Do Not Collect $200: The Power of Patent Monopolies and the Ramifications on Pharmaceutical Startups and Innovation.

AuthorBertino, Lauren

"Most scholars would likely agree that considering how to optimize or at least not distort innovation is an important part of legal scholarship. However, to date, there has been little recognition, let alone robust discussion, of how patent and related laws promote problematic innovation of drugs...." (1)


    America loves innovation--so much, in fact, that the Founding Fathers enshrined it into the Constitution of the United States. (2) For centuries, the United States built and maintained a complex patent system that promotes innovation while protecting the progeny of the country's brightest minds. (3) As it stands today, however, the patent system allows large pharmaceutical companies, often collectively referred to as "big pharma," to eclipse smaller competitors through practices inconsistent with the founding principles of patent law. (4) Although the patent system intends to let society prosper as citizens invent, in practice, the strongest modern innovators--startups--suffer under the system. (5)

    The pharmaceutical industry, otherwise known as pharma, in particular utilizes the patent system as intended for economic benefit. (6) Many scholars consider pharma to epitomize patent success. (7) Pharmaceutical companies may invest billions of dollars to bring a drug to market that generic rivals can easily copy for a reduced price once patent protections expire. (8) Pharmaceutical companies rely on the patent system to protect their investments in research and development, which then incentivizes companies to make their life-saving treatments available to the public. (9)

    Although the patent system seems to benefit pharma as a whole, popular practices within the world of pharmaceuticals systemically disadvantage the small inventors seeking to enter the market and maintain a presence. (10) Patent monopolies, created by the exclusivity provisions in patents, generate a hostile environment for startups to navigate. (11) Meanwhile, defensive patenting procedures create a different kind of patent monopoly that similarly limits the workable space for innovation. (12) Unlike big pharma, smaller companies struggle to secure the funding necessary to capitalize on the benefits of the system. (13)

    In actuality, patent system success in the pharmaceutical world relies on factors far more extraneous than the ability to innovate. (14) This Note exposes the pitfalls of the patent system as they apply to the pharmaceutical industry, and suggests potential remedies that allow smaller, innovative startups to thrive. (15) Specifically, this Note begins by discussing the historical relationship between patents and pharmaceuticals and distinguishes important features of innovators big and small within the system. (16) Next, this Note identifies the results of common patent practices, limitations on the presence of small innovators in pharma, and subsequent ramifications on innovation. (17) Finally, this Note highlights opportunities for the patent system to be equitably improved and the potential impact on small companies, startups, and independent innovators seeking to provide society with life-saving medicinal inventions. (18)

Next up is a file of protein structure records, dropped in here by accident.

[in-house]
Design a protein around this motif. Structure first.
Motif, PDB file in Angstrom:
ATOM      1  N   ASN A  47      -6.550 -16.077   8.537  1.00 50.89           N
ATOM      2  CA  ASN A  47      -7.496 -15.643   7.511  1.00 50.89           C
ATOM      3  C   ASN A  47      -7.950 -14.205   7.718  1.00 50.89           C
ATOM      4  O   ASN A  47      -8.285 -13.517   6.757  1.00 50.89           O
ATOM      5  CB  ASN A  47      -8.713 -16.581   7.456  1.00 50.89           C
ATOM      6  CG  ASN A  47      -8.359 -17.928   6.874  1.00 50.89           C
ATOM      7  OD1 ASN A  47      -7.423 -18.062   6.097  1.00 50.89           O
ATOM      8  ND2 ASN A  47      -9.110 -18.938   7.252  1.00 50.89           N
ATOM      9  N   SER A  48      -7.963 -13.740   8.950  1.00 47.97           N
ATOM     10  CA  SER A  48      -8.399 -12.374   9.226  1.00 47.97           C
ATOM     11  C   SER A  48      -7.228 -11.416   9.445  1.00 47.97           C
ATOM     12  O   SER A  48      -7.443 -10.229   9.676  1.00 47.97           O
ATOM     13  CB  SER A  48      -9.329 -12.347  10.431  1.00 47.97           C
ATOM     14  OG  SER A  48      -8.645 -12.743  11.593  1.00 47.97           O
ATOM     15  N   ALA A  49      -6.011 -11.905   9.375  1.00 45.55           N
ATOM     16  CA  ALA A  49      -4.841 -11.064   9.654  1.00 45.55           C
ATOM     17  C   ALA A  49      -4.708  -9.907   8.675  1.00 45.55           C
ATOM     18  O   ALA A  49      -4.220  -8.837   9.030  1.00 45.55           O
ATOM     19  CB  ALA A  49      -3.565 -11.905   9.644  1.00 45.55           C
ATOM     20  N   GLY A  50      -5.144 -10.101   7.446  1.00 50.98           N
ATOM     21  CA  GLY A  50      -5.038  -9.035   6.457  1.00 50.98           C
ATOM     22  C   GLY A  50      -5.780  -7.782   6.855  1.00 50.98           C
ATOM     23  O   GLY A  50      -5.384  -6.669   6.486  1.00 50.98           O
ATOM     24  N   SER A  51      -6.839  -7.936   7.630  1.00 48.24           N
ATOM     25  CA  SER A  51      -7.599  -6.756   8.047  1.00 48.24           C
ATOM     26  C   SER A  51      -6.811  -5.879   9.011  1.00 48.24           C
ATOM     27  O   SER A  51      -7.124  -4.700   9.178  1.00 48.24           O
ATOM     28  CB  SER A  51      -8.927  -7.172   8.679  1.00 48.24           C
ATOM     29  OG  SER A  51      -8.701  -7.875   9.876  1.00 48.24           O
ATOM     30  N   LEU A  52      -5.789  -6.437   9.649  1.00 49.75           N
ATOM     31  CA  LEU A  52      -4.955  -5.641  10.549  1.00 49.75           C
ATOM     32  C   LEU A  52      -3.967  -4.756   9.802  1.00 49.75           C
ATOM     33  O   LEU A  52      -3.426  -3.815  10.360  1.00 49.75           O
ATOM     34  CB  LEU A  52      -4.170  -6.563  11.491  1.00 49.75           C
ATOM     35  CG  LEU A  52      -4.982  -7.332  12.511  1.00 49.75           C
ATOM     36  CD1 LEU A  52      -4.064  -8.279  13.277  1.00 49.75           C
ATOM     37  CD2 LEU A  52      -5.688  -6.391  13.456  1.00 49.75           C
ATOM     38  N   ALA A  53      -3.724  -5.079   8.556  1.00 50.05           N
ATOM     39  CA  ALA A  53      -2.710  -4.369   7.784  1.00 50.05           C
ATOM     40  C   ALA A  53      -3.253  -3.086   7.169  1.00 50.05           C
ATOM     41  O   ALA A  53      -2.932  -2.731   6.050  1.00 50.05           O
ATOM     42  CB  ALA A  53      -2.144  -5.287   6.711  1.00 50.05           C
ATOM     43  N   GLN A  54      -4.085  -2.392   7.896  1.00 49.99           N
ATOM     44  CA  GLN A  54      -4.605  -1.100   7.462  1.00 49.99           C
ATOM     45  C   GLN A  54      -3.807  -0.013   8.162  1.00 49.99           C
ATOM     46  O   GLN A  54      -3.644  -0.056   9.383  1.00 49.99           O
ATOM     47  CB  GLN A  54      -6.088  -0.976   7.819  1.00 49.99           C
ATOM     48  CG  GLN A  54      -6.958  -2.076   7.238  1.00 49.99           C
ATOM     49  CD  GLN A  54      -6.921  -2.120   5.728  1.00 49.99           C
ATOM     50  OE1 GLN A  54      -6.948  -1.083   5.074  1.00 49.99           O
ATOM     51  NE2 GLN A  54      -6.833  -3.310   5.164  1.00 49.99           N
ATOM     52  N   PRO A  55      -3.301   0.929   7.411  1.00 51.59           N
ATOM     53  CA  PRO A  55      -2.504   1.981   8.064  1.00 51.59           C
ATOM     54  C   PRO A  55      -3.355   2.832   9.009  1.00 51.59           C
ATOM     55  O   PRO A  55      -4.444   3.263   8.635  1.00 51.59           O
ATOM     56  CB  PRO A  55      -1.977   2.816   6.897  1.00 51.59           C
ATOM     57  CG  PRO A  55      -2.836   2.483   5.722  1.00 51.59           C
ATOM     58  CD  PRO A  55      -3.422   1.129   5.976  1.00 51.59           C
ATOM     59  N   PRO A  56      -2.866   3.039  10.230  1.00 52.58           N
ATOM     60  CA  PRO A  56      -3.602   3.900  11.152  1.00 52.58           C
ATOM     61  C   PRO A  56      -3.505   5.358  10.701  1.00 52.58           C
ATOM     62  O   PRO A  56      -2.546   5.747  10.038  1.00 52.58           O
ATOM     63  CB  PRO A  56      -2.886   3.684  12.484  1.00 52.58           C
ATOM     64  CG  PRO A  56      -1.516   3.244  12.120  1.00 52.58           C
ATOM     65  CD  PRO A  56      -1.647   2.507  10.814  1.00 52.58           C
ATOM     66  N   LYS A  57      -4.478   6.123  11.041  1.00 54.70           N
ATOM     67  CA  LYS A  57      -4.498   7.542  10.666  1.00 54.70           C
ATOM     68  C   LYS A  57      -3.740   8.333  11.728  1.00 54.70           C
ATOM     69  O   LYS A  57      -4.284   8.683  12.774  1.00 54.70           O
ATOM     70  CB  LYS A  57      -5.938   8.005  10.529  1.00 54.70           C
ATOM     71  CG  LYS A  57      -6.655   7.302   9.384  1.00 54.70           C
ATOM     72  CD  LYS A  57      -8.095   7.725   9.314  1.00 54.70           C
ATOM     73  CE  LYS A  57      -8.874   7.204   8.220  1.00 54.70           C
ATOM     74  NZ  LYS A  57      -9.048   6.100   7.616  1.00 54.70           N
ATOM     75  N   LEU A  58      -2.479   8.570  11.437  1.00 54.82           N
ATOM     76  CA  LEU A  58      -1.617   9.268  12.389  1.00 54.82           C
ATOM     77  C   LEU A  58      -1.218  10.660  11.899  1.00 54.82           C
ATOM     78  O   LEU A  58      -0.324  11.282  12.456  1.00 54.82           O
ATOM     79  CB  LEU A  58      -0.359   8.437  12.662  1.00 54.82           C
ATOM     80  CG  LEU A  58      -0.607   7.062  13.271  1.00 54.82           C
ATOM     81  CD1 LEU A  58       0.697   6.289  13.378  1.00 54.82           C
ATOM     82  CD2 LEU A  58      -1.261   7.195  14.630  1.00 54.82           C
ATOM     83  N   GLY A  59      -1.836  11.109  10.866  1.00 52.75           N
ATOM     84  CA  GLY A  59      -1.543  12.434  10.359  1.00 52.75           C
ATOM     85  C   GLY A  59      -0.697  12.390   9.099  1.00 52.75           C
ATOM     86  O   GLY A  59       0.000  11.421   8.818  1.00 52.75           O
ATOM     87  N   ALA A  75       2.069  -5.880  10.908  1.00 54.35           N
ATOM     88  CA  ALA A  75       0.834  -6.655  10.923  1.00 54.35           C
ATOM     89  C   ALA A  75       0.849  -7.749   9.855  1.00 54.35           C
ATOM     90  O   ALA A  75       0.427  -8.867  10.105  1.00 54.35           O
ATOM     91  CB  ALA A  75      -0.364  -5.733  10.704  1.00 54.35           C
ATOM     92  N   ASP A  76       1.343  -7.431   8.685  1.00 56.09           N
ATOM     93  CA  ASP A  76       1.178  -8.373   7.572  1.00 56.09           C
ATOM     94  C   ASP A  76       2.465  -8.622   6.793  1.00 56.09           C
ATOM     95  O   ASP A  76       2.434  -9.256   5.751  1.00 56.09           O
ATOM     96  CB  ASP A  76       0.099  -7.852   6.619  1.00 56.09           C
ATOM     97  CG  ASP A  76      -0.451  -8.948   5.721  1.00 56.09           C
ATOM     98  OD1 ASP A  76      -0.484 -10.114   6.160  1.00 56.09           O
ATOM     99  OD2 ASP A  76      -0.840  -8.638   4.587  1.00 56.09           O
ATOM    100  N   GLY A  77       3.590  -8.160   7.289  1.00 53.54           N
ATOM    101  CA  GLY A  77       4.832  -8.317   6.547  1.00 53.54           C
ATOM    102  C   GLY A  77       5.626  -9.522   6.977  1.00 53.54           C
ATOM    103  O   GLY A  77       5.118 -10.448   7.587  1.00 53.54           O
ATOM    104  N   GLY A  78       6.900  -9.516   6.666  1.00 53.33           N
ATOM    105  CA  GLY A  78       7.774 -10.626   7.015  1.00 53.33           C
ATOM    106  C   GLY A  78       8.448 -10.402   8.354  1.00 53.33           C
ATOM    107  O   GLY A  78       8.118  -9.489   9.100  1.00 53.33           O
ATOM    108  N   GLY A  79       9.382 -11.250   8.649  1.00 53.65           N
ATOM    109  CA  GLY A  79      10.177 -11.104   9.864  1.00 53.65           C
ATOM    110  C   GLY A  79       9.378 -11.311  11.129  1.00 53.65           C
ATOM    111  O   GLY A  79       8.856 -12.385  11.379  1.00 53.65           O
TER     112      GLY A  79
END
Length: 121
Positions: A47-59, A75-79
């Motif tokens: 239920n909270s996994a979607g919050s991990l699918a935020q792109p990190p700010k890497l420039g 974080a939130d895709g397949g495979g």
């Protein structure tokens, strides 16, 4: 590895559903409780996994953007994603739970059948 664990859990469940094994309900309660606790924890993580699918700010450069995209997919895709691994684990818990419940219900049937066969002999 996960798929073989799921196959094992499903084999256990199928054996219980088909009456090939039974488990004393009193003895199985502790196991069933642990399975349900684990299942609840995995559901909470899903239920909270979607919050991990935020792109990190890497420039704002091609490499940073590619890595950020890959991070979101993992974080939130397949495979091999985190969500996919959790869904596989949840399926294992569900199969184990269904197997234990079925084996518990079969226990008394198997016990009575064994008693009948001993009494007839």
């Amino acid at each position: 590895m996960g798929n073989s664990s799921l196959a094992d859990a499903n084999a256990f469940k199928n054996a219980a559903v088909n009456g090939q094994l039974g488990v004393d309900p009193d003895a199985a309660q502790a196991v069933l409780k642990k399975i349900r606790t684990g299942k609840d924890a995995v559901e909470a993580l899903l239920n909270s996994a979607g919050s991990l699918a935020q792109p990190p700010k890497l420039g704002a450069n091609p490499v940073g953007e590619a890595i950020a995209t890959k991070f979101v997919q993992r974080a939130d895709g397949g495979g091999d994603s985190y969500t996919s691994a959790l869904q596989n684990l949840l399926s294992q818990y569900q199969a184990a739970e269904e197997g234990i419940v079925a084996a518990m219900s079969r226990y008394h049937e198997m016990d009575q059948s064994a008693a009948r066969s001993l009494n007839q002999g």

1. The Patent Procedure

      1. A Historical Prelude

        Patent law is an American tradition older than baseball. (19) Originally based on the English system, U.S. patent law received official constitutional recognition in 1787 with the intent to foster innovation and idea sharing through economic incentives for inventors. (20) Since that initial constitutional recognition, however, legislators have made many changes to the laws and procedures for patenting an invention. (21) From the first Patent Act of 1790 to the Leahy-Smith America Invents Act (AIA), patent law has evolved right alongside the inventions it serves to protect. (22)

        In 1984, Congress passed one of the more modern and impactful laws, the Hatch-Waxman Act. (23) This Act attempted to balance the interests of innovators and generic competitors by extending greater protections to innovators while easing regulations on bringing generic drugs to market. (24) Twenty-six years later, Congress--as part of the Affordable Care Act--passed the Biologies Price Competition and Innovation Act (BPCIA), which shares similarities with the Hatch--Waxman Act. (25) The BPCIA imposed regulations for the biologies market by creating similar boundaries around the production of biosimilars--the generic counterpart of complex biologic drugs. (26)

        In2011, through the AIA, Congress overhauled the system for identifying an invention's owner. (27) Previously, patent law recognized and protected the first inventor to create the technology; the AIA altered this framework by granting patent ownership instead to the first applicant. (28) Now, the law grants patent protections to the first inventor to file with the U.S. Patent and Trademark Office (USPTO), regardless of whether they were the first to have the idea. (29) Congress altered this structure to provide greater certainty to patenting entities, as the new system need only look at the date of filing to determine patent rights. (30)